• Demand for UST drove the price of the LUNA token higher given that, for every UST created, $1 worth of LUNA was burned (i.e. destroyed), and vice-versa – you can read more about the workings of this here.

  • Given the high yield, Anchor found itself in a position where it had four lenders (looking for the 20% yield) for every borrower (wanting to lend from Anchor). Following up on our analogy above, this would imply that the bank that’s offering the 20% yield on deposits is attracting many more lenders than borrowers, which poses an existential threat to its business (banks make money through the difference between the interest rate they charge borrowers and the rate they pay lenders/depositors; if they’re paying lenders more than they’re charging borrowers, they don’t have a business).

  • This led to a proposal being passed at the end of March which made the interest rate variable instead of fixed, potentially changing it by 1.5% every month (up or down) based on Anchor’s reserves (deposits from lenders and borrowings from borrowers). Given the imbalance between lenders and borrowers, this likely meant that the interest rate was going to fall by 1.5% every month until an equilibrium interest rate where borrowers outnumbered lenders, thus allowing Anchor (which, in the example is the bank) to have a viable business, and Mike’s tattoo to still carry [positive] meaning.

Whilst the exact catalyst is not super clear (although reliable sources point to the $150 million worth of UST being withdrawn from the Curve Wormhole pool followed by a $350 million sale of UST for USDC on Curve [Tim’s note: don’t worry, I also have no idea what the Curve Wormhole is and I’m not even going to ask Diego to explain further.]), what matters and followed was nothing short of a classic Tarantino shootout scene:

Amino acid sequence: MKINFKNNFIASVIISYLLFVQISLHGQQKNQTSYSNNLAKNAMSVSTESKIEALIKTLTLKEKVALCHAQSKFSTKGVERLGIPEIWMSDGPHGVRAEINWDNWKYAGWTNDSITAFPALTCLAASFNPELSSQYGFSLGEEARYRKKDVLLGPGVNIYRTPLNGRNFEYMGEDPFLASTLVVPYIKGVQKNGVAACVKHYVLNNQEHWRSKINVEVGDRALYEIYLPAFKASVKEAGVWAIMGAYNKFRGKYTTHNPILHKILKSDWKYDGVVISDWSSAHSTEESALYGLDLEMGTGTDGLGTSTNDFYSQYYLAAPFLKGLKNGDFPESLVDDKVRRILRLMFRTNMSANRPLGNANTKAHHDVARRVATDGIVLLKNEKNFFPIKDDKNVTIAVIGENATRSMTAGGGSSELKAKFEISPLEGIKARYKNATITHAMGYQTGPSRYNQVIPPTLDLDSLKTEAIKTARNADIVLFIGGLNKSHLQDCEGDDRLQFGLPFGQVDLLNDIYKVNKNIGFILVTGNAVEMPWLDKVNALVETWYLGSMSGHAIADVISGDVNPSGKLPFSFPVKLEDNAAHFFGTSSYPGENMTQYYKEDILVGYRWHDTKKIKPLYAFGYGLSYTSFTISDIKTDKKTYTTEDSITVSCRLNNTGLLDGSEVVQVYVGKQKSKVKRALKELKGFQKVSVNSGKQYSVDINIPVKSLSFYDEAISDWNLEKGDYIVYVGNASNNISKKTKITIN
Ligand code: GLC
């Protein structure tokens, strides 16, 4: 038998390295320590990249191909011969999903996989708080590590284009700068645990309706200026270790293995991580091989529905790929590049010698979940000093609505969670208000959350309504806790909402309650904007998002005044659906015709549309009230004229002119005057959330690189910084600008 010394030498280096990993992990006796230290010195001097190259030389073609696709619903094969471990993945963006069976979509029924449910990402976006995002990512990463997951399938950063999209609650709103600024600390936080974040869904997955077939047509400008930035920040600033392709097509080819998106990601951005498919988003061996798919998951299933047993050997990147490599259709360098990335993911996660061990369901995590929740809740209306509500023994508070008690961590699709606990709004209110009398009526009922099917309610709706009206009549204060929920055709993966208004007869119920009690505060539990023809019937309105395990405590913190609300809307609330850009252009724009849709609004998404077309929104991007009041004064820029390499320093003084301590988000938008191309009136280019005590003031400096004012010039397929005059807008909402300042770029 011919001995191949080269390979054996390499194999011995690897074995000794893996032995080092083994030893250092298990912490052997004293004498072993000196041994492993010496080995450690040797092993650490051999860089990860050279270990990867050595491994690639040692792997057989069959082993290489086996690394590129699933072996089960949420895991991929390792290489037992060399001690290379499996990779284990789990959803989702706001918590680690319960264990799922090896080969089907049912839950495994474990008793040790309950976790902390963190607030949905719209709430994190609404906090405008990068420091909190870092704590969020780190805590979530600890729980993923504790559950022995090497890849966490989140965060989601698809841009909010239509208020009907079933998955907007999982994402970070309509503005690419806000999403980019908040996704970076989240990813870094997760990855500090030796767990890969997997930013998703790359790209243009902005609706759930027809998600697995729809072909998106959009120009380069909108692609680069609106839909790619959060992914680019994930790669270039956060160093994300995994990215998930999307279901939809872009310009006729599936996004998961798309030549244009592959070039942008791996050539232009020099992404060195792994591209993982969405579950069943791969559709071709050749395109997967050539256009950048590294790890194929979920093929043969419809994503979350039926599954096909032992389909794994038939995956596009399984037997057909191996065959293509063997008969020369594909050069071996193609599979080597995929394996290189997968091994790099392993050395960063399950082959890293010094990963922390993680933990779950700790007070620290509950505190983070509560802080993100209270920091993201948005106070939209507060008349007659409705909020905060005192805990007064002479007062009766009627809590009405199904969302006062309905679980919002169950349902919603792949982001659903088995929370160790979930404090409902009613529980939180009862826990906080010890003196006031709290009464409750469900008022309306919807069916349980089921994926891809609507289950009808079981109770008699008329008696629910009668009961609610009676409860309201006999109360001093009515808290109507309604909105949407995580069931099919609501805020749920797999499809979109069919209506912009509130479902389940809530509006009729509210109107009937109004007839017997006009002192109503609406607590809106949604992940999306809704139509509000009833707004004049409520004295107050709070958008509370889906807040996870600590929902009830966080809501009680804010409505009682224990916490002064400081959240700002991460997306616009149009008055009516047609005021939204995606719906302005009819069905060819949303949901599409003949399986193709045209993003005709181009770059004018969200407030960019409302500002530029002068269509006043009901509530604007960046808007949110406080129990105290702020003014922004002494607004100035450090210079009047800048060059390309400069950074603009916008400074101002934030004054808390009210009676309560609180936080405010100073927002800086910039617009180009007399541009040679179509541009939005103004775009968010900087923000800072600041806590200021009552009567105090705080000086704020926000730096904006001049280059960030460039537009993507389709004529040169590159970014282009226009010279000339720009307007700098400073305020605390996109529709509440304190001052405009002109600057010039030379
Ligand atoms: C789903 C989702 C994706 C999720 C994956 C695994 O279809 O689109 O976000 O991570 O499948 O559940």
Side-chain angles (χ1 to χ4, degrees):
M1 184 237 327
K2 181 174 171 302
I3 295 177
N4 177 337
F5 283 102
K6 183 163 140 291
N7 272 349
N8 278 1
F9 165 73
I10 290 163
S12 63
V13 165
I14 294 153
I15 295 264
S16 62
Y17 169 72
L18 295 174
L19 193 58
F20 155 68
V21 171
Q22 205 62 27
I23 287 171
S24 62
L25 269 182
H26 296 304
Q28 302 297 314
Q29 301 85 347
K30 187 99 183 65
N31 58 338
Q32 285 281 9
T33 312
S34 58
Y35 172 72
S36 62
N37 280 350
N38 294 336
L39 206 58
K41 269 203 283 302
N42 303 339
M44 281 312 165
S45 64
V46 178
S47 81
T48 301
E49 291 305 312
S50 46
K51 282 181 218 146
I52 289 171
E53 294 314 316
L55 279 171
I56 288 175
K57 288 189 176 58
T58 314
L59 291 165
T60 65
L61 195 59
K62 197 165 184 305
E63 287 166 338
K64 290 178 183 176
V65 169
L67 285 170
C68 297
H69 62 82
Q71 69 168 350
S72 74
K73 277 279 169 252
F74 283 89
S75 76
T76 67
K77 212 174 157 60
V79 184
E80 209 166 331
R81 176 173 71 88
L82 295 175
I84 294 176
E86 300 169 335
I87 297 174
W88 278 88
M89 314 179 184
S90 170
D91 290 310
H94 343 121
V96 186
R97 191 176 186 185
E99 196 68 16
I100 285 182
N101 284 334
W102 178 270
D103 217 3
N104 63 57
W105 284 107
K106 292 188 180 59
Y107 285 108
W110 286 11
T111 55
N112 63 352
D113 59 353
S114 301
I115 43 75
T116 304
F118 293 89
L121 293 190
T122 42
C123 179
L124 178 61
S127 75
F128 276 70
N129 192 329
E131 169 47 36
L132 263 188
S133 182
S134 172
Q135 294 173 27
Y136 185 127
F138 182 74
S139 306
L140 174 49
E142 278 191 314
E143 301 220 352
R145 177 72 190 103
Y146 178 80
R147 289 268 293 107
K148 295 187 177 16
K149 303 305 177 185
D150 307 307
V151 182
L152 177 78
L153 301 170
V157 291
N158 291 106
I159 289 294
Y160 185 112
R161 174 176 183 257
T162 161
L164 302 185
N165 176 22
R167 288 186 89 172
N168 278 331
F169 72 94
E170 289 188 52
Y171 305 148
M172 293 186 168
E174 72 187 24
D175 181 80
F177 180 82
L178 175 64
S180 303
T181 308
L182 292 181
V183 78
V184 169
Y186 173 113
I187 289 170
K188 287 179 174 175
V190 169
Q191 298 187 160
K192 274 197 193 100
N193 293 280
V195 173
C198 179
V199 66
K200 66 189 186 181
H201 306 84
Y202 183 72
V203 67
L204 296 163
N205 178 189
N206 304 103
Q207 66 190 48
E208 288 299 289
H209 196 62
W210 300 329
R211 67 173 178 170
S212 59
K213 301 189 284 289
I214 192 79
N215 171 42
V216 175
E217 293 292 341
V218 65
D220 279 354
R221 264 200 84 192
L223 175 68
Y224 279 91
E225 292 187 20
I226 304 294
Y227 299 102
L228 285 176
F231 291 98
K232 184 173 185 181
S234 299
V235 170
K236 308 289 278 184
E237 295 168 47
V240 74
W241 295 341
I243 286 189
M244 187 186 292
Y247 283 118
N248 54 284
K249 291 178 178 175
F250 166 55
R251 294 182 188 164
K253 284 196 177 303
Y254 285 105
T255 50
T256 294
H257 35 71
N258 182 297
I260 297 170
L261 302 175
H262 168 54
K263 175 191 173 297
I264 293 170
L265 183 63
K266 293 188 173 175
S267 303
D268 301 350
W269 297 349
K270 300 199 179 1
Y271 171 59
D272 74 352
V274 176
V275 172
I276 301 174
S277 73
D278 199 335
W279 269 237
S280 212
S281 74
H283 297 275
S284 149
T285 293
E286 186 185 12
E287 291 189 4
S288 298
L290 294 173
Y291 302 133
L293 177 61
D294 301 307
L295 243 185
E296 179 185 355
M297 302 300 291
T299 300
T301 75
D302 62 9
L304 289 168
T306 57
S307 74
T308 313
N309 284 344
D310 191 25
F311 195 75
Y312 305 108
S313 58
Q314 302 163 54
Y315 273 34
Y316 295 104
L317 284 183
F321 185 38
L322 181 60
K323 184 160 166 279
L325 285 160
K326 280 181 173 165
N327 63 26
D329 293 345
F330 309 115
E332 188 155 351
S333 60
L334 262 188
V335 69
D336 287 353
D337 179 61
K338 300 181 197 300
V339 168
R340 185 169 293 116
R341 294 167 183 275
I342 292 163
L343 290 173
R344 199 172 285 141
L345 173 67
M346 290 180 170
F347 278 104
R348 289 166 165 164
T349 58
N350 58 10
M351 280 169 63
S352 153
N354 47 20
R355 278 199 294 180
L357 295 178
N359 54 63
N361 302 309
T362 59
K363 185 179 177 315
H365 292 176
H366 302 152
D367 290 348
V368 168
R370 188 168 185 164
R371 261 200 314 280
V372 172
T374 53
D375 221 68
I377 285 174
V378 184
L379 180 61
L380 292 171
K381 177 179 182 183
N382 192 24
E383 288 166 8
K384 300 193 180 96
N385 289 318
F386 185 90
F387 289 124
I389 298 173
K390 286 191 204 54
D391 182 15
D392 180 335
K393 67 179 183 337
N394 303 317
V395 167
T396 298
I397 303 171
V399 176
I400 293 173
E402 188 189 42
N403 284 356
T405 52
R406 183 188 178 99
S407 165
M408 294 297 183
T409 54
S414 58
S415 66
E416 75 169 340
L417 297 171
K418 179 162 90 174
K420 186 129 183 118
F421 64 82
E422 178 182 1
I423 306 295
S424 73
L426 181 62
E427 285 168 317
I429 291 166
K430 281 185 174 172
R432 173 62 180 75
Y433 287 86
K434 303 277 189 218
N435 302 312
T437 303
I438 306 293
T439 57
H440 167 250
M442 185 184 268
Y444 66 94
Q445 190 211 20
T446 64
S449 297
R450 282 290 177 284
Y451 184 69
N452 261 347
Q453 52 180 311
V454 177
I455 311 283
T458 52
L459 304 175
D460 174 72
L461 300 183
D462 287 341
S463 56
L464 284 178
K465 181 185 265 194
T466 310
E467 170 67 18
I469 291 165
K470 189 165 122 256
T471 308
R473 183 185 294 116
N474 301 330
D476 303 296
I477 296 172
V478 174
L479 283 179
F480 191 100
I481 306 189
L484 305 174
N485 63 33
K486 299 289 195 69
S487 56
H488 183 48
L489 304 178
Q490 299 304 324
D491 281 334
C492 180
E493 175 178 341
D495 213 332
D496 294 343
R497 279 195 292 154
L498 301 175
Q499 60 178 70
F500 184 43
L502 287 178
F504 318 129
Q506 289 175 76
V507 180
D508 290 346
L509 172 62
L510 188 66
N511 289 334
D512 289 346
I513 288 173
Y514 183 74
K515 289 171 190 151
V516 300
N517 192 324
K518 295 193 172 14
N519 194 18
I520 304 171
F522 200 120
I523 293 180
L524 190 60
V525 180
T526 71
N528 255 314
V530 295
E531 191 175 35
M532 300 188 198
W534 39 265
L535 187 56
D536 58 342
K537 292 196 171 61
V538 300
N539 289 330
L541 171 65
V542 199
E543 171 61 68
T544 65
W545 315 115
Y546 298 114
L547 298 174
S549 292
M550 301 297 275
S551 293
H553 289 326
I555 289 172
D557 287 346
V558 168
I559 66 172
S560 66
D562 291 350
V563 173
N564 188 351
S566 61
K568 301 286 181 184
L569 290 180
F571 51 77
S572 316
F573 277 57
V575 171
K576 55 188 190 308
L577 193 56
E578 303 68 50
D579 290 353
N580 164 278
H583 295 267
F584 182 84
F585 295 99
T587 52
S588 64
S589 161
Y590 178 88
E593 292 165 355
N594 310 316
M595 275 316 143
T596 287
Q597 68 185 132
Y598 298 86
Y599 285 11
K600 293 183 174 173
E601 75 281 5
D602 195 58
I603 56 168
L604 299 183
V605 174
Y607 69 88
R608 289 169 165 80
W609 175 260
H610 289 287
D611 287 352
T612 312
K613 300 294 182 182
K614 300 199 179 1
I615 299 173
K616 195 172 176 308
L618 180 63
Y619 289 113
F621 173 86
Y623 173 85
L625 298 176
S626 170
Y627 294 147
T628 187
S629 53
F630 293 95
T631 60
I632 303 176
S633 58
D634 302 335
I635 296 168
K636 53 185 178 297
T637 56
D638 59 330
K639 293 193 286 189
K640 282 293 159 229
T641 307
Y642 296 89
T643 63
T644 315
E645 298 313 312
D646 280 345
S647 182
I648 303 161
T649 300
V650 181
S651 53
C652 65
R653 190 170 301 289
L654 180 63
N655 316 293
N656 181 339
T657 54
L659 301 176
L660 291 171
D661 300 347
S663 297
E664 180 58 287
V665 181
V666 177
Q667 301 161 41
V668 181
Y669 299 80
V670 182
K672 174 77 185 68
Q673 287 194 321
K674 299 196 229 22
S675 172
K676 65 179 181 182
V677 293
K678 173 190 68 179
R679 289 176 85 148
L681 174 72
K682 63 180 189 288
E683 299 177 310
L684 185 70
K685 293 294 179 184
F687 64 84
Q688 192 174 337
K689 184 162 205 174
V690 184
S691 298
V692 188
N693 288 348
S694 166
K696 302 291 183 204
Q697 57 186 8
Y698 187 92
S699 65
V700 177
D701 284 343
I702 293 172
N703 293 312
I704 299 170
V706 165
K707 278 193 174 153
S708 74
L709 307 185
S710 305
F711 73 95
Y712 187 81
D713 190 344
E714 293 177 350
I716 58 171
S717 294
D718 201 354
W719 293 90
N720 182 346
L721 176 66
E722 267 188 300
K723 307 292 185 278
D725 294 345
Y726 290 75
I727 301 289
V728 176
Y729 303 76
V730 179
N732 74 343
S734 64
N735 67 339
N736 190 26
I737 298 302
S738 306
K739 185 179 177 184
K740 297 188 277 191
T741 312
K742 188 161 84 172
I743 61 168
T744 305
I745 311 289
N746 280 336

• Anchor’s UST deposits plunged by more than 93%, fear spread amongst the community, UST lost its peg (i.e. its math wizardry stopped making it a stable coin) driving it into a “death spiral” which eventually evaporated more than $50 billion worth of investors’ money in a matter of days. Maybe that’s why Mike’s wolf was howling… pain.

  • The workings of the above paragraph are a bit more technical, but can be found here.

What matters most is that we’ve seen a project collapse on the back of unsustainable high rewards (in this case, the Anchor yield) being offered in order to drive adoption (in this case, demand for UST) and could only be temporary. Once they were forecasted to change, and coupled with some other more technical events, this led to a loss of demand for UST and a capitulation of trust within the protocol.

Fear spread out to other stablecoins as well, with c. $5.5 billion worth of outflows following the event (and a brief de-pegging of Tether as well). Whilst notable, that outflow only represents less than 4% of total stablecoin assets.

Another consequence of this has been a small rotation from Tether (who’s been opaque about the reserve assets that actually back its stablecoin) to USD Coin (pegged to the USD).

UST was nowhere near Tether in terms of importance for the crypto universe ($500 million of daily trading volume for UST vs $62 billion for Tether), and as such its collapse has not posed a systemic risk. There are important lessons to learn from this, but the fact that there was no central institution to backstop the fallout of a fragile project should be, in part, celebrated as allowing for capitalism to ensure that only the most resilient projects survive across cycles. This should help us, in the long run, have a more sustainable and efficient crypto infrastructure.

Three Important Charts

  • Bitcoin investors aren’t really selling, and the percentage of Bitcoins held for longer than one year is now the highest ever.

  • Exchange balances saw a spike recently, although that was driven by the Luna Foundation Guard (the foundation supporting the Terra ecosystem) moving c. 80,000 Bitcoins it held in its reserves to exchanges to sell in an attempt to protect the Terra peg (this, as we know, was unsuccessful). Overall, exchange balances continue to trend lower.

  • The top 5 protocols within Decentralized finance (DeFi) have seen Total Value Locked (TVL) – the most important metric that highlights the interest and adoption of DeFi protocols – decrease by almost 50%. This reflects both the collapse of the value of some collateral, as well as fading interest in higher-risk segment of the crypto market. Again, we’re seeing Creative Destruction at play here, and we’ve probably not seen the whole of it yet.

Thanks for reading through!